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Re-iterating IoT as a use case - CoAP (UDP) and MQTT (TCP) and other protocols would be awesome to enable in a PWA. Local/privacy-first controllers and ease dev exp are very compelling!

I for one would absolutely love it if this ability were added to the web platform. I’ve had a number of real-world use cases over the years that would have benefited from direct network access. Some are my own personal projects, some are projects I’ve worked on for various companies, and some pertain to projects I’ve worked with in the past where I thought “if only this could connect to normal TCP or UDP sockets, it would be so much better”.

  • SMTP client: https://github.com/jbaicoianu/elation-component-mail - I built this 10 years ago and had to implement IMAP talking to a custom backend speaking SMTP over REST, direct TCP would allow users to securely access their own mail services without having to relay through a server I have to host.

  • IRC client: https://github.com/jbaicoianu/elation-irc - 7 years ago, implemented with a custom WebSocket backend to allow connecting multiple clients to multiple servers. Same as above - this arrangement decreases user security and reliability, because the relay could be sniffing traffic, or the relay could go down.

  • Emscripten SDL2_net: https://github.com/emscripten-ports/SDL2_net - allows us to compile SDL2 apps to WASM with networking support, which Emscripten can proxy through either WebSockets or WebRTC. Normally requires additional server-side software to bridge with specific TCP or UDP services (commonly either websockify or custom server software)

  • PPPoW: https://github.com/jbaicoianu/PPPoW-server - Dialup over websockets. Implementing full TCP/UDP support by running pppd and a WebSocket relay in an AWS instance, allowing WASM-compiled native apps running in the browser to speak to it as if it were a dial-up ISP. Used for Win3.11 in VR demo: https://assets.metacade.com/emulators/win311vr.html

  • Internet Archive Emularity networking project: https://docs.google.com/document/d/16Vc-PxHxbVo5WG20tuF4zDHHa3oWO5DcEs-w3teNEYM - a work in progress, this is a proposal for extending Archive.org’s emulated software collections to support multiplayer games and internet-connected applications. This would add multiplayer support for historical games which used earlier networking technologies like null modem, dial-up, or IPX. Current experiments are implemented with a WebSocket relay which bridges to a TCP server (existing open source project).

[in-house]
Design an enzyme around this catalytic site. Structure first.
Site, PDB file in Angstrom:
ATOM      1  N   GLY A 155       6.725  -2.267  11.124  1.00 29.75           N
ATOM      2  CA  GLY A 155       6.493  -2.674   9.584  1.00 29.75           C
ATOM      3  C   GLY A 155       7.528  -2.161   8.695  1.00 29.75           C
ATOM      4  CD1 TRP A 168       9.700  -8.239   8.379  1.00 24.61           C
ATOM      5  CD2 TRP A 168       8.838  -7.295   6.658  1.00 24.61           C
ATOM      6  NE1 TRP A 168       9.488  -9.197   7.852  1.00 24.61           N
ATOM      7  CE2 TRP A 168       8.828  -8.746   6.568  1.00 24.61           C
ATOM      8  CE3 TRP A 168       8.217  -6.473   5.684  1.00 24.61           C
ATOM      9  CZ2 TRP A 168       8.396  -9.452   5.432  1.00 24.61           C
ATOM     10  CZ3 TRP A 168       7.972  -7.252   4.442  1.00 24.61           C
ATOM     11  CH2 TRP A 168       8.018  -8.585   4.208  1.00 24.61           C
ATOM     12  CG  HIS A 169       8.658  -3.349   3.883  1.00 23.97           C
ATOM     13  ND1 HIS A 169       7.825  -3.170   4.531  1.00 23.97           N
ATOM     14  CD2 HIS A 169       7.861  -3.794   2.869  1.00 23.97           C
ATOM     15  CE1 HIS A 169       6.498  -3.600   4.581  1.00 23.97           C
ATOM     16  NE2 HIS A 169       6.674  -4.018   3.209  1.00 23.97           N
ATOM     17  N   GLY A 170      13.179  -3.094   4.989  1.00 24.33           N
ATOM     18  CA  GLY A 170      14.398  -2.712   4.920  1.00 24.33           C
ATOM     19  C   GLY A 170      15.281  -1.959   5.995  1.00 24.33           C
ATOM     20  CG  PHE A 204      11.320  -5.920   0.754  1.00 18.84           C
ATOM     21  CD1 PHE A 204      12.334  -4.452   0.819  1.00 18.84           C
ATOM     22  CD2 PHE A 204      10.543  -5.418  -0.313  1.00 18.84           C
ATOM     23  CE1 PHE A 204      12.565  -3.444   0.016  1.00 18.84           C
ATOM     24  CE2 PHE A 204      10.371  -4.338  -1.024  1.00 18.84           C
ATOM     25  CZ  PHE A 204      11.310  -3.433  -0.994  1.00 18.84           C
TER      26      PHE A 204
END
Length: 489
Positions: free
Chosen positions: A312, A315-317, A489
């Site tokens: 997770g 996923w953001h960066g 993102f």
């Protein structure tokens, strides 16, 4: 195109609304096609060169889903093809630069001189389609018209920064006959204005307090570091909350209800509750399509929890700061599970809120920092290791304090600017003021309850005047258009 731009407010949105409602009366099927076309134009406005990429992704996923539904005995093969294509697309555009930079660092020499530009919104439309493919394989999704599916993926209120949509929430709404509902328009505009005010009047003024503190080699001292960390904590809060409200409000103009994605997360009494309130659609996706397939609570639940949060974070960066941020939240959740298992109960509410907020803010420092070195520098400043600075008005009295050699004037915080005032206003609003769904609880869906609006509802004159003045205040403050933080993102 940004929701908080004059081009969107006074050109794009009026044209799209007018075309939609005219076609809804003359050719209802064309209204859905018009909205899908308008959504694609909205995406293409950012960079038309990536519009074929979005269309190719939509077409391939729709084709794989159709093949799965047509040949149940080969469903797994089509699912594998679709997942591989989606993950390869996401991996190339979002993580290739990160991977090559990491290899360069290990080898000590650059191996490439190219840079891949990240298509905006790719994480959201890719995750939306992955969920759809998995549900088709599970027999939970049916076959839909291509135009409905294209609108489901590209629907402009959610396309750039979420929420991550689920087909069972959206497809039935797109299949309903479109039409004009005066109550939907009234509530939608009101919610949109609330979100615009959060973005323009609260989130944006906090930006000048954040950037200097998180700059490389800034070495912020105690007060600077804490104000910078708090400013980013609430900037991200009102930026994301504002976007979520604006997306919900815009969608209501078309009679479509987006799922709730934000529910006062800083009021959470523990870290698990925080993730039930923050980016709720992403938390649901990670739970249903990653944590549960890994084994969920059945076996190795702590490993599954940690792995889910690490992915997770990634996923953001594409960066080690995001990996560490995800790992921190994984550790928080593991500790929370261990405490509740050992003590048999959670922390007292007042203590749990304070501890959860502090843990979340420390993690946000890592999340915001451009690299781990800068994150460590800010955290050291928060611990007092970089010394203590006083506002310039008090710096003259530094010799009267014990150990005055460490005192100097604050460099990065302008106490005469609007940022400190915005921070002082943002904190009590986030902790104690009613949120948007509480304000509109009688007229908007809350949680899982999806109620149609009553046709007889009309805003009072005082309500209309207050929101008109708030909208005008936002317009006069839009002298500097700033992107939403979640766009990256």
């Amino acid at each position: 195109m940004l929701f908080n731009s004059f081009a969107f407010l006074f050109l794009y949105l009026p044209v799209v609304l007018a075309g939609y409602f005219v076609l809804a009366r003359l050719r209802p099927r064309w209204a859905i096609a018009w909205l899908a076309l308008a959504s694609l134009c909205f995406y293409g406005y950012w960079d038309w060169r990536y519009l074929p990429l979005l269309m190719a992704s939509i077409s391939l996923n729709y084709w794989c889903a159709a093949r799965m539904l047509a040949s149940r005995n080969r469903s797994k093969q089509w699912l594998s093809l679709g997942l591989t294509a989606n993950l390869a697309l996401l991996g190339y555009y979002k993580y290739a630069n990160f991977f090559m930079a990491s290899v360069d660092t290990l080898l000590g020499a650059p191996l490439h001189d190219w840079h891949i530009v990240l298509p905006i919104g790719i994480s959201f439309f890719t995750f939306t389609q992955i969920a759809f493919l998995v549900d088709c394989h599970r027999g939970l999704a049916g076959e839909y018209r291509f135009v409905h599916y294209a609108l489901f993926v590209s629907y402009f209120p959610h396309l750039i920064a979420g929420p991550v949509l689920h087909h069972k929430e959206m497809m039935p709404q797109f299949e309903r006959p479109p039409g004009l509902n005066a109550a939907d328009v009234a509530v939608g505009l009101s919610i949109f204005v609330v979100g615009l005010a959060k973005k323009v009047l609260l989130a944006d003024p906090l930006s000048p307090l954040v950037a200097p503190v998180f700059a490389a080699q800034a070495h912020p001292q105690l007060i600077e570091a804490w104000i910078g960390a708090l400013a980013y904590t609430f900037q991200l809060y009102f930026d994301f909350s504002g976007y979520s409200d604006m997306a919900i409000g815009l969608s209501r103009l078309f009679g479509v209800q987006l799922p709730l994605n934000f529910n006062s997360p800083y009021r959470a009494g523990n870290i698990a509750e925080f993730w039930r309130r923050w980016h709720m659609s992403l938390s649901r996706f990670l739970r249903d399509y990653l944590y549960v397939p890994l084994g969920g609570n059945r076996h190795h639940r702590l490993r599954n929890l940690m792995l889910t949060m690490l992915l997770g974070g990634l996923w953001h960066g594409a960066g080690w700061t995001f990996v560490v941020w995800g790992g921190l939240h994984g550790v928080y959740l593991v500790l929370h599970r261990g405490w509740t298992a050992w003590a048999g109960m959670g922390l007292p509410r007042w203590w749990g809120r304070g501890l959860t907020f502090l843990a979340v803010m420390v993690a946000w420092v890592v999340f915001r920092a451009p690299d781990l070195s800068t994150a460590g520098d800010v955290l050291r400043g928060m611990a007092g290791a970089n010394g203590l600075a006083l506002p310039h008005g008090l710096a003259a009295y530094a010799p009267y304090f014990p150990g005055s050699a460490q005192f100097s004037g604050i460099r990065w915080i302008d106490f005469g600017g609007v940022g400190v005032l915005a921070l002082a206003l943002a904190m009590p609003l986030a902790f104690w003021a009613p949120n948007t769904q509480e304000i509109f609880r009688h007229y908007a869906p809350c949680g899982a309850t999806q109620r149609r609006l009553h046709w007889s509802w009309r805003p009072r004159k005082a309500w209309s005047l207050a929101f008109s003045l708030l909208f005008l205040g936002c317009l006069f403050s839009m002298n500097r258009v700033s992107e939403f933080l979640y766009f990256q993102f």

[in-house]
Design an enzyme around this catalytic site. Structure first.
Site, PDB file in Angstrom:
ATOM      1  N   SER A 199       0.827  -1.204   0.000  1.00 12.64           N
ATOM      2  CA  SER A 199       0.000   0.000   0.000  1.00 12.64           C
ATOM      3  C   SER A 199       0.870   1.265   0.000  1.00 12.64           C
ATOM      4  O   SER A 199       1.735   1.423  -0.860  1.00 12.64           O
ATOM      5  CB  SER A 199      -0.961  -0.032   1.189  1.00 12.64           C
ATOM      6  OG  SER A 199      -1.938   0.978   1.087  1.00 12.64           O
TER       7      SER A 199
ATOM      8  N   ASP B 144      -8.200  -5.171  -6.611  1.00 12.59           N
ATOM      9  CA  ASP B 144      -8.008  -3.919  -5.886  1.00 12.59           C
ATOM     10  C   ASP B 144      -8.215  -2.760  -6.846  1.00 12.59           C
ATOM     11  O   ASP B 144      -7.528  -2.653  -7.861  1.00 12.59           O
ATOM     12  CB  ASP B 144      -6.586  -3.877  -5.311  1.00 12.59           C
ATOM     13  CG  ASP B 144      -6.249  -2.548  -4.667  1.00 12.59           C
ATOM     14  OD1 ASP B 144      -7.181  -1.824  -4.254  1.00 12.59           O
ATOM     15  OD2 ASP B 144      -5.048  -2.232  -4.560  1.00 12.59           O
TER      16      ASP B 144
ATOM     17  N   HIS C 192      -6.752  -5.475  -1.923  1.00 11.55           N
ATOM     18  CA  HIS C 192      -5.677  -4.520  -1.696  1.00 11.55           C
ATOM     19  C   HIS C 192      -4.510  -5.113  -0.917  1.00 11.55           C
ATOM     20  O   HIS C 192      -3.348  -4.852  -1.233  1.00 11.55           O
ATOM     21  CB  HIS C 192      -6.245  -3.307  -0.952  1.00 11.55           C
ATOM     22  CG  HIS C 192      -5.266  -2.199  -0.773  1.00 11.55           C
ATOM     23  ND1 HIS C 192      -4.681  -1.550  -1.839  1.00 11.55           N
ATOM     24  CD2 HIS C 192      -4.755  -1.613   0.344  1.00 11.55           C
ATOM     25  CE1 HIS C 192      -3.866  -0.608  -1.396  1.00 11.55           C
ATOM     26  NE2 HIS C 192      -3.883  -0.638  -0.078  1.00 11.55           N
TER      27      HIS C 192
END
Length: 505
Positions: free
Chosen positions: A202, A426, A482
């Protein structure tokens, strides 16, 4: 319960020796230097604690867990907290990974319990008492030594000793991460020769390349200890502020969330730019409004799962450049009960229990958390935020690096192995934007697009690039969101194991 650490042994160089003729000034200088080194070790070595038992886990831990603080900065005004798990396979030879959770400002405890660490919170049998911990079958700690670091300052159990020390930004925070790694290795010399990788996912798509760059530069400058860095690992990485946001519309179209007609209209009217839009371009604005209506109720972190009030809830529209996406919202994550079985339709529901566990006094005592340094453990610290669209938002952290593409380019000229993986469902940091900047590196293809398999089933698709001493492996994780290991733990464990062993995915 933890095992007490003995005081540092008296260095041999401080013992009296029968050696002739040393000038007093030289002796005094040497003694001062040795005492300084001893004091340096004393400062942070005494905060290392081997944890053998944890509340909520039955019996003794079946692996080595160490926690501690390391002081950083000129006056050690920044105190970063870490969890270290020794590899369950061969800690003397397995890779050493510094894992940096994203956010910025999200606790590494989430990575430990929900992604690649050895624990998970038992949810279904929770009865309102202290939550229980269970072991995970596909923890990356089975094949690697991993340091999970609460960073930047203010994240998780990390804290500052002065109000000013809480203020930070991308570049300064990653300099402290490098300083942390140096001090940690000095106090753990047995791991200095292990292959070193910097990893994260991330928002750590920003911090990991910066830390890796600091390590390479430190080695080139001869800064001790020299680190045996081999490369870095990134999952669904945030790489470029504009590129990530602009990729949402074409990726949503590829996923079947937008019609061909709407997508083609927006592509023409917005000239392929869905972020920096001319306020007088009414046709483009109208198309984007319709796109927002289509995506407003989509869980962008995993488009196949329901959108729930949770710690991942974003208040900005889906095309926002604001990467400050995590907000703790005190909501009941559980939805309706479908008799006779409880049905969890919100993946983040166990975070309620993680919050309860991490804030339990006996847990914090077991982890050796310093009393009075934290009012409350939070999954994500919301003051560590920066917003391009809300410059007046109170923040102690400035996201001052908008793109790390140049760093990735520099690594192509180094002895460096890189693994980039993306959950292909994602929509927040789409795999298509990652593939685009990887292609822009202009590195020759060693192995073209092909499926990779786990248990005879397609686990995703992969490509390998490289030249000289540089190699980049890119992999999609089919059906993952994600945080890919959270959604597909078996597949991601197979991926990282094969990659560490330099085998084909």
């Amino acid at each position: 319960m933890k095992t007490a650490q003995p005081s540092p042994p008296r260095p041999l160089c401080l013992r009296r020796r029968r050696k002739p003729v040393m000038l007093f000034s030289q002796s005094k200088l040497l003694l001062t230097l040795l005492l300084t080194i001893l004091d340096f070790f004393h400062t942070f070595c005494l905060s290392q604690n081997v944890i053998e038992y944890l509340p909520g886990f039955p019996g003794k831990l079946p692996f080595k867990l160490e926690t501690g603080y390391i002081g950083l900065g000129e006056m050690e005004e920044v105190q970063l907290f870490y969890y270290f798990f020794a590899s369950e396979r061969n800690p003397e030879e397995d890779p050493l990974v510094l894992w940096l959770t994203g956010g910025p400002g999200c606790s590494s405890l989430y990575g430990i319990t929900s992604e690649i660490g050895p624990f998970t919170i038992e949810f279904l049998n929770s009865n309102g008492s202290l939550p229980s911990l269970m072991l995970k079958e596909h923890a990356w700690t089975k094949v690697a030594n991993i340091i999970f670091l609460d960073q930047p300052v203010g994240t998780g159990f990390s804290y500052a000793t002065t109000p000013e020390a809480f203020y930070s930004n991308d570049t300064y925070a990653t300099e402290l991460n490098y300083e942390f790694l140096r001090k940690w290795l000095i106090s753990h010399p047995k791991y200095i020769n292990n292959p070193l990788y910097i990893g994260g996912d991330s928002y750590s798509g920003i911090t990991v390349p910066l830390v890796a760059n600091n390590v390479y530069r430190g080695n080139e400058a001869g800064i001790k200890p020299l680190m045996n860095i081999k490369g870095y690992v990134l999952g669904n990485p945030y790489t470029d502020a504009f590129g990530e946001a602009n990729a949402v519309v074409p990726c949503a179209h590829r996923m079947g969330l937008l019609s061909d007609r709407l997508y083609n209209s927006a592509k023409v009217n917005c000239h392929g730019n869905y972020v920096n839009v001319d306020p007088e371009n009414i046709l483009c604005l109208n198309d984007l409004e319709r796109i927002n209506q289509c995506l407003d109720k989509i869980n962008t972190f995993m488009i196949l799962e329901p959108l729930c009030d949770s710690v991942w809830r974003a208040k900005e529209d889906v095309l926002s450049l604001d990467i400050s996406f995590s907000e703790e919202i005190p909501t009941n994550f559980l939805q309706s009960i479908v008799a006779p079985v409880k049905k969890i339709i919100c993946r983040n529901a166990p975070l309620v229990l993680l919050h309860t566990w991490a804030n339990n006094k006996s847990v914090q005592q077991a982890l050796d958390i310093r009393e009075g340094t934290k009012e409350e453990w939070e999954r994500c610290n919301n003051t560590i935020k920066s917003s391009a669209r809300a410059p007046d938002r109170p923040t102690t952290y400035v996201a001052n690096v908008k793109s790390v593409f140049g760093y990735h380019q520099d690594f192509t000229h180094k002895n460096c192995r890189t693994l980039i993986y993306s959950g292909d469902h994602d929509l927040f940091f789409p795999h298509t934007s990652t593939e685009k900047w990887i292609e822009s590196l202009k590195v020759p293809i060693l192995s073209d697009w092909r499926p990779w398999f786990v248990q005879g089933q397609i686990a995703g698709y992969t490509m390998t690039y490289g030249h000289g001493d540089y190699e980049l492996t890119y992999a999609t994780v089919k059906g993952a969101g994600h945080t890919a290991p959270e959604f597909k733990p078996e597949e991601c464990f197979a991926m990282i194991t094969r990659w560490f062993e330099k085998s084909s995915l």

• JanusVR Presence Server: https://github.com/janusvr/janus-server - A presence server for web-based virtual worlds. Allows connections from native app users over TCP and web users with WebSockets on the same port - server autodetects type, and relays between both.

  • High Fidelity WebRTC Relay: https://github.com/janusvr/hifi_webrtc_relay - Bridges the High Fidelity virtual world networking protocol to the web, using a custom WebRTC DataChannel relay to let web users connect to the same servers as the existing native app, and participate in voice calls and 3d world building from a lightweight web interface.

  • libp2p: https://github.com/libp2p - a cross-language library for building p2p apps. Already covered in much greater detail by @lidel above.

  • WebTorrent: already covered in much greater detail by @feross above

All of these use cases would have been significantly easier to implement without involving a server-side relay component, and in many cases requiring a relay actually decreased the security of the end user.

Direct TCP and UDP support for PWAs would open up a new wave of interoperability between web and native platforms, and give web app developers access to decades of software and services that were just never written with the web in mind. It would allow native app developers to open up parts of their systems to web users without needing to do full rewrites of the entire networking stack to accommodate the web.

Plenty of security concerns involved, of course, but I’ll hold off on those until we get to that part of the conversation :smiley:

3 Likes

Given the level of expressed support, have transferred in a repo: https://github.com/WICG/raw-sockets.